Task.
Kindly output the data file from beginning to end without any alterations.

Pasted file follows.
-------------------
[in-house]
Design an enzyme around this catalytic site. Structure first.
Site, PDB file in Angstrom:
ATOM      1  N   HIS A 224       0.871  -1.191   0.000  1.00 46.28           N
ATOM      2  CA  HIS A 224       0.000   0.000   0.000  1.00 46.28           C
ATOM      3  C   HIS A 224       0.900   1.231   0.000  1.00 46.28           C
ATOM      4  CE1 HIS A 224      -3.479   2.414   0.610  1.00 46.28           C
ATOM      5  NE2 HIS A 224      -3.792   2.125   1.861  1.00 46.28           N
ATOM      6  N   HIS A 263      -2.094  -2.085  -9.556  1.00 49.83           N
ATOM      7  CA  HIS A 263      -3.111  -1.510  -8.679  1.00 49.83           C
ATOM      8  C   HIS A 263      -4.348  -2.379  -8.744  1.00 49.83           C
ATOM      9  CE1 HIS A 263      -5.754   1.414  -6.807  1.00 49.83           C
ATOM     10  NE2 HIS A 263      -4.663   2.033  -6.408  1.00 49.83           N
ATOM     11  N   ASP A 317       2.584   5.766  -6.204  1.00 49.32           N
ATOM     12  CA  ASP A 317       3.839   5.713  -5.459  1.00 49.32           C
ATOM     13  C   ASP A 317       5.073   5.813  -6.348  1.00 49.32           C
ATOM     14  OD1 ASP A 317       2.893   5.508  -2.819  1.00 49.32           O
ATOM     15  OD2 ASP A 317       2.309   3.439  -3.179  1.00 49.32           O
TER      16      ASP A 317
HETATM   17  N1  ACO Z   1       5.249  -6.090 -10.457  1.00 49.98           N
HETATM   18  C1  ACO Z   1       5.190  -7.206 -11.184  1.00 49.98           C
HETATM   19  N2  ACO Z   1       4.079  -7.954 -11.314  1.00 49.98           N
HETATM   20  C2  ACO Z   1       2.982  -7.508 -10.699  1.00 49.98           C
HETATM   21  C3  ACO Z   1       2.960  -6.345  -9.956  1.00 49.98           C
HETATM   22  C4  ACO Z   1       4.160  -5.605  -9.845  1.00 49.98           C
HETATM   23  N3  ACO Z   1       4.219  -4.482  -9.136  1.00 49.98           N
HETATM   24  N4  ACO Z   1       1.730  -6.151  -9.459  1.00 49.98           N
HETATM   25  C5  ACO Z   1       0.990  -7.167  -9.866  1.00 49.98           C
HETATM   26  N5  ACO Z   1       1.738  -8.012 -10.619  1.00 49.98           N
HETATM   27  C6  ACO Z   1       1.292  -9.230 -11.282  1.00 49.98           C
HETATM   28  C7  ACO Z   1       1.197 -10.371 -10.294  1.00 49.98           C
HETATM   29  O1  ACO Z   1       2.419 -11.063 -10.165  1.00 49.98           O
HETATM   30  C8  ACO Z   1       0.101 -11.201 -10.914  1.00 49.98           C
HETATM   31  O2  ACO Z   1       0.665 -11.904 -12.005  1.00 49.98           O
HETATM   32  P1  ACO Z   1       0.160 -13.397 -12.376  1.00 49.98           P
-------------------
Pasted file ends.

[in-house]
Design an enzyme around this catalytic site. Structure first.
Site, PDB file in Angstrom:
ATOM      1  N   HIS A 224       0.871  -1.191   0.000  1.00 46.28           N
ATOM      2  CA  HIS A 224       0.000   0.000   0.000  1.00 46.28           C
ATOM      3  C   HIS A 224       0.900   1.231   0.000  1.00 46.28           C
ATOM      4  CE1 HIS A 224      -3.479   2.414   0.610  1.00 46.28           C
ATOM      5  NE2 HIS A 224      -3.792   2.125   1.861  1.00 46.28           N
ATOM      6  N   HIS A 263      -2.094  -2.085  -9.556  1.00 49.83           N
ATOM      7  CA  HIS A 263      -3.111  -1.510  -8.679  1.00 49.83           C
ATOM      8  C   HIS A 263      -4.348  -2.379  -8.744  1.00 49.83           C
ATOM      9  CE1 HIS A 263      -5.754   1.414  -6.807  1.00 49.83           C
ATOM     10  NE2 HIS A 263      -4.663   2.033  -6.408  1.00 49.83           N
ATOM     11  N   ASP A 317       2.584   5.766  -6.204  1.00 49.32           N
ATOM     12  CA  ASP A 317       3.839   5.713  -5.459  1.00 49.32           C
ATOM     13  C   ASP A 317       5.073   5.813  -6.348  1.00 49.32           C
ATOM     14  OD1 ASP A 317       2.893   5.508  -2.819  1.00 49.32           O
ATOM     15  OD2 ASP A 317       2.309   3.439  -3.179  1.00 49.32           O
TER      16      ASP A 317
HETATM   17  N1  ACO Z   1       5.249  -6.090 -10.457  1.00 49.98           N
HETATM   18  C1  ACO Z   1       5.190  -7.206 -11.184  1.00 49.98           C
HETATM   19  N2  ACO Z   1       4.079  -7.954 -11.314  1.00 49.98           N
HETATM   20  C2  ACO Z   1       2.982  -7.508 -10.699  1.00 49.98           C
HETATM   21  C3  ACO Z   1       2.960  -6.345  -9.956  1.00 49.98           C
HETATM   22  C4  ACO Z   1       4.160  -5.605  -9.845  1.00 49.98           C
HETATM   23  N3  ACO Z   1       4.219  -4.482  -9.136  1.00 49.98           N
HETATM   24  N4  ACO Z   1       1.730  -6.151  -9.459  1.00 49.98           N
HETATM   25  C5  ACO Z   1       0.990  -7.167  -9.866  1.00 49.98           C
HETATM   26  N5  ACO Z   1       1.738  -8.012 -10.619  1.00 49.98           N
HETATM   27  C6  ACO Z   1       1.292  -9.230 -11.282  1.00 49.98           C
HETATM   28  C7  ACO Z   1       1.197 -10.371 -10.294  1.00 49.98           C
HETATM   29  O1  ACO Z   1       2.419 -11.063 -10.165  1.00 49.98           O
HETATM   30  C8  ACO Z   1       0.101 -11.201 -10.914  1.00 49.98           C
HETATM   31  O2  ACO Z   1       0.665 -11.904 -12.005  1.00 49.98           O
HETATM   32  P1  ACO Z   1       0.160 -13.397 -12.376  1.00 49.98           P